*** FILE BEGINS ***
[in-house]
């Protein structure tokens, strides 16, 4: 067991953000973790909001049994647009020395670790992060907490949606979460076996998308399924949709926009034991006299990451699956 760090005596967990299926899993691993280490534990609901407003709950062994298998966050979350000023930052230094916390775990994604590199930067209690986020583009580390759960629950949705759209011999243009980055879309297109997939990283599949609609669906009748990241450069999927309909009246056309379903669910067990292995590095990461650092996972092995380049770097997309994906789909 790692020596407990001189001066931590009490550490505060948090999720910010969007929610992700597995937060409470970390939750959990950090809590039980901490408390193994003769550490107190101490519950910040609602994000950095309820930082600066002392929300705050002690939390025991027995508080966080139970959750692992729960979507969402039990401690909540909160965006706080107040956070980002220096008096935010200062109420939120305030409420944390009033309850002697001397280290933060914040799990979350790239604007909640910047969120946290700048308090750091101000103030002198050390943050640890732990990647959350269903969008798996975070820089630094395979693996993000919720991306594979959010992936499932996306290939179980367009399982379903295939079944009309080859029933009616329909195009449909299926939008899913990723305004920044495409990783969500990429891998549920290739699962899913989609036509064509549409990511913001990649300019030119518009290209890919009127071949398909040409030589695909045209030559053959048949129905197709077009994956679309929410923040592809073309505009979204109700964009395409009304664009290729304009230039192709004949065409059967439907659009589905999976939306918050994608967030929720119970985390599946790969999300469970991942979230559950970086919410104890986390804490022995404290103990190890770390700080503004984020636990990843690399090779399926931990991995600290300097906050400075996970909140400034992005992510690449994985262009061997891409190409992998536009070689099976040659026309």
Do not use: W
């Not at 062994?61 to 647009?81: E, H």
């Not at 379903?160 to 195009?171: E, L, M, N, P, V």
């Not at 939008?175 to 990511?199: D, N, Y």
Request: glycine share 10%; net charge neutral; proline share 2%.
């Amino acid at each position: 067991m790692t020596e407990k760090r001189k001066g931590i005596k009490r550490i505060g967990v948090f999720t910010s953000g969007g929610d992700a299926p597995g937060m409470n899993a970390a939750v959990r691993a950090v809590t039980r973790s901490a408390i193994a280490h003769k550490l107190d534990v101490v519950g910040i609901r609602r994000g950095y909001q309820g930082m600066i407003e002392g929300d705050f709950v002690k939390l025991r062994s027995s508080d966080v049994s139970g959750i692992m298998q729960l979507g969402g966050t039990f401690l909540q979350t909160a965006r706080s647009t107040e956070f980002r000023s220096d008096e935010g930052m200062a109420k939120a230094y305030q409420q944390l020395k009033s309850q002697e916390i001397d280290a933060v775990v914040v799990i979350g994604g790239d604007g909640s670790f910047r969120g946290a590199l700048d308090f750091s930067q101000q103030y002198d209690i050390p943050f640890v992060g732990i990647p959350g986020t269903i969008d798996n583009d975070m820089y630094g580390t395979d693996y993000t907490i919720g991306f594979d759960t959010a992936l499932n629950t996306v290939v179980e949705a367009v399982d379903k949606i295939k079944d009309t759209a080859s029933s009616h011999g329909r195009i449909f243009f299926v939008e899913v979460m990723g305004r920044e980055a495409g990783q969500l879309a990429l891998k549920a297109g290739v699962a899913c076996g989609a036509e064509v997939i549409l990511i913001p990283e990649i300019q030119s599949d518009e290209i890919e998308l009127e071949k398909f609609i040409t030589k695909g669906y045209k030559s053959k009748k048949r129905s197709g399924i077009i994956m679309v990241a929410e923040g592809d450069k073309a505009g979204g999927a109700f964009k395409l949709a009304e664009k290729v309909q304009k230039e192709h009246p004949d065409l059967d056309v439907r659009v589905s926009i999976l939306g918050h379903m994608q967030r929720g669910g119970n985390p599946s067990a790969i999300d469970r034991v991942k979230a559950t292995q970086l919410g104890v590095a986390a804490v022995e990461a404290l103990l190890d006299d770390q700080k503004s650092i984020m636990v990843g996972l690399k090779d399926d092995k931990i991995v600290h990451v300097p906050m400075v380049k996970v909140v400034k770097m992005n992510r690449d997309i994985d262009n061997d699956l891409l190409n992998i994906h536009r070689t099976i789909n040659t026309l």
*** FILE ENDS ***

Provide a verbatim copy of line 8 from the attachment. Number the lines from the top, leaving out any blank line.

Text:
């Amino acid at each position: 067991m790692t020596e407990k760090r001189k001066g931590i005596k009490r550490i505060g967990v948090f999720t910010s953000g969007g929610d992700a299926p597995g937060m409470n899993a970390a939750v959990r691993a950090v809590t039980r973790s901490a408390i193994a280490h003769k550490l107190d534990v101490v519950g910040i609901r609602r994000g950095y909001q309820g930082m600066i407003e002392g929300d705050f709950v002690k939390l025991r062994s027995s508080d966080v049994s139970g959750i692992m298998q729960l979507g969402g966050t039990f401690l909540q979350t909160a965006r706080s647009t107040e956070f980002r000023s220096d008096e935010g930052m200062a109420k939120a230094y305030q409420q944390l020395k009033s309850q002697e916390i001397d280290a933060v775990v914040v799990i979350g994604g790239d604007g909640s670790f910047r969120g946290a590199l700048d308090f750091s930067q101000q103030y002198d209690i050390p943050f640890v992060g732990i990647p959350g986020t269903i969008d798996n583009d975070m820089y630094g580390t395979d693996y993000t907490i919720g991306f594979d759960t959010a992936l499932n629950t996306v290939v179980e949705a367009v399982d379903k949606i295939k079944d009309t759209a080859s029933s009616h011999g329909r195009i449909f243009f299926v939008e899913v979460m990723g305004r920044e980055a495409g990783q969500l879309a990429l891998k549920a297109g290739v699962a899913c076996g989609a036509e064509v997939i549409l990511i913001p990283e990649i300019q030119s599949d518009e290209i890919e998308l009127e071949k398909f609609i040409t030589k695909g669906y045209k030559s053959k009748k048949r129905s197709g399924i077009i994956m679309v990241a929410e923040g592809d450069k073309a505009g979204g999927a109700f964009k395409l949709a009304e664009k290729v309909q304009k230039e192709h009246p004949d065409l059967d056309v439907r659009v589905s926009i999976l939306g918050h379903m994608q967030r929720g669910g119970n985390p599946s067990a790969i999300d469970r034991v991942k979230a559950t292995q970086l919410g104890v590095a986390a804490v022995e990461a404290l103990l190890d006299d770390q700080k503004s650092i984020m636990v990843g996972l690399k090779d399926d092995k931990i991995v600290h990451v300097p906050m400075v380049k996970v909140v400034k770097m992005n992510r690449d997309i994985d262009n061997d699956l891409l190409n992998i994906h536009r070689t099976i789909n040659t026309l």